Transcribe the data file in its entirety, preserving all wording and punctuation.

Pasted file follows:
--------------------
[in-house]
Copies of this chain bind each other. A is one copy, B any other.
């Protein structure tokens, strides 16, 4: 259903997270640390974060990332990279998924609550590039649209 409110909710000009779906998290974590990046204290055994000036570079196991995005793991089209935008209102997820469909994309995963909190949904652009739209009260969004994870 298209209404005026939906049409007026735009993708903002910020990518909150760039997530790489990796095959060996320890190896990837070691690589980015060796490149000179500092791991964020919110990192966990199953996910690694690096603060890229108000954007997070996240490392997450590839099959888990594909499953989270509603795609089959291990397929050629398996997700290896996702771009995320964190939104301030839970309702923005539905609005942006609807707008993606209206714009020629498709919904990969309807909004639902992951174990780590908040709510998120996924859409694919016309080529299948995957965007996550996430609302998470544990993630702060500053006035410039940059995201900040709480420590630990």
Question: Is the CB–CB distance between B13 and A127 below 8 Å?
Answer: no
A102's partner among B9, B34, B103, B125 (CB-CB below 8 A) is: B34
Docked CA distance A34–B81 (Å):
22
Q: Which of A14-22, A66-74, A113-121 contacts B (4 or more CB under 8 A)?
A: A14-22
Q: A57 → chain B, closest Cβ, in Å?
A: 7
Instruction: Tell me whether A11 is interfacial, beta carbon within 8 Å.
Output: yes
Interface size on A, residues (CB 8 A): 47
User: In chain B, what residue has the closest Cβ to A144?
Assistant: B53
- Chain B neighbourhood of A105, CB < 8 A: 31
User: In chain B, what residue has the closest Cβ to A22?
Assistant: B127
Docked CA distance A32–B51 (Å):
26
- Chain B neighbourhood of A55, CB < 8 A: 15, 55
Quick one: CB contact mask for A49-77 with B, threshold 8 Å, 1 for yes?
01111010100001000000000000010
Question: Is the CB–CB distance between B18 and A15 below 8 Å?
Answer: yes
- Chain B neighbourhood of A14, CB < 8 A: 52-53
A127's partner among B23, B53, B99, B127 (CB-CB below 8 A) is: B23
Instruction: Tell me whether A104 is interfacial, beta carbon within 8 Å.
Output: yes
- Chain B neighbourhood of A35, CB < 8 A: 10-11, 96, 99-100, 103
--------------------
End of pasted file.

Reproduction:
[in-house]
Copies of this chain bind each other. A is one copy, B any other.
């Protein structure tokens, strides 16, 4: 259903997270640390974060990332990279998924609550590039649209 409110909710000009779906998290974590990046204290055994000036570079196991995005793991089209935008209102997820469909994309995963909190949904652009739209009260969004994870 298209209404005026939906049409007026735009993708903002910020990518909150760039997530790489990796095959060996320890190896990837070691690589980015060796490149000179500092791991964020919110990192966990199953996910690694690096603060890229108000954007997070996240490392997450590839099959888990594909499953989270509603795609089959291990397929050629398996997700290896996702771009995320964190939104301030839970309702923005539905609005942006609807707008993606209206714009020629498709919904990969309807909004639902992951174990780590908040709510998120996924859409694919016309080529299948995957965007996550996430609302998470544990993630702060500053006035410039940059995201900040709480420590630990």
Question: Is the CB–CB distance between B13 and A127 below 8 Å?
Answer: no
A102's partner among B9, B34, B103, B125 (CB-CB below 8 A) is: B34
Docked CA distance A34–B81 (Å):
22
Q: Which of A14-22, A66-74, A113-121 contacts B (4 or more CB under 8 A)?
A: A14-22
Q: A57 → chain B, closest Cβ, in Å?
A: 7
Instruction: Tell me whether A11 is interfacial, beta carbon within 8 Å.
Output: yes
Interface size on A, residues (CB 8 A): 47
User: In chain B, what residue has the closest Cβ to A144?
Assistant: B53
- Chain B neighbourhood of A105, CB < 8 A: 31
User: In chain B, what residue has the closest Cβ to A22?
Assistant: B127
Docked CA distance A32–B51 (Å):
26
- Chain B neighbourhood of A55, CB < 8 A: 15, 55
Quick one: CB contact mask for A49-77 with B, threshold 8 Å, 1 for yes?
01111010100001000000000000010
Question: Is the CB–CB distance between B18 and A15 below 8 Å?
Answer: yes
- Chain B neighbourhood of A14, CB < 8 A: 52-53
A127's partner among B23, B53, B99, B127 (CB-CB below 8 A) is: B23
Instruction: Tell me whether A104 is interfacial, beta carbon within 8 Å.
Output: yes
- Chain B neighbourhood of A35, CB < 8 A: 10-11, 96, 99-100, 103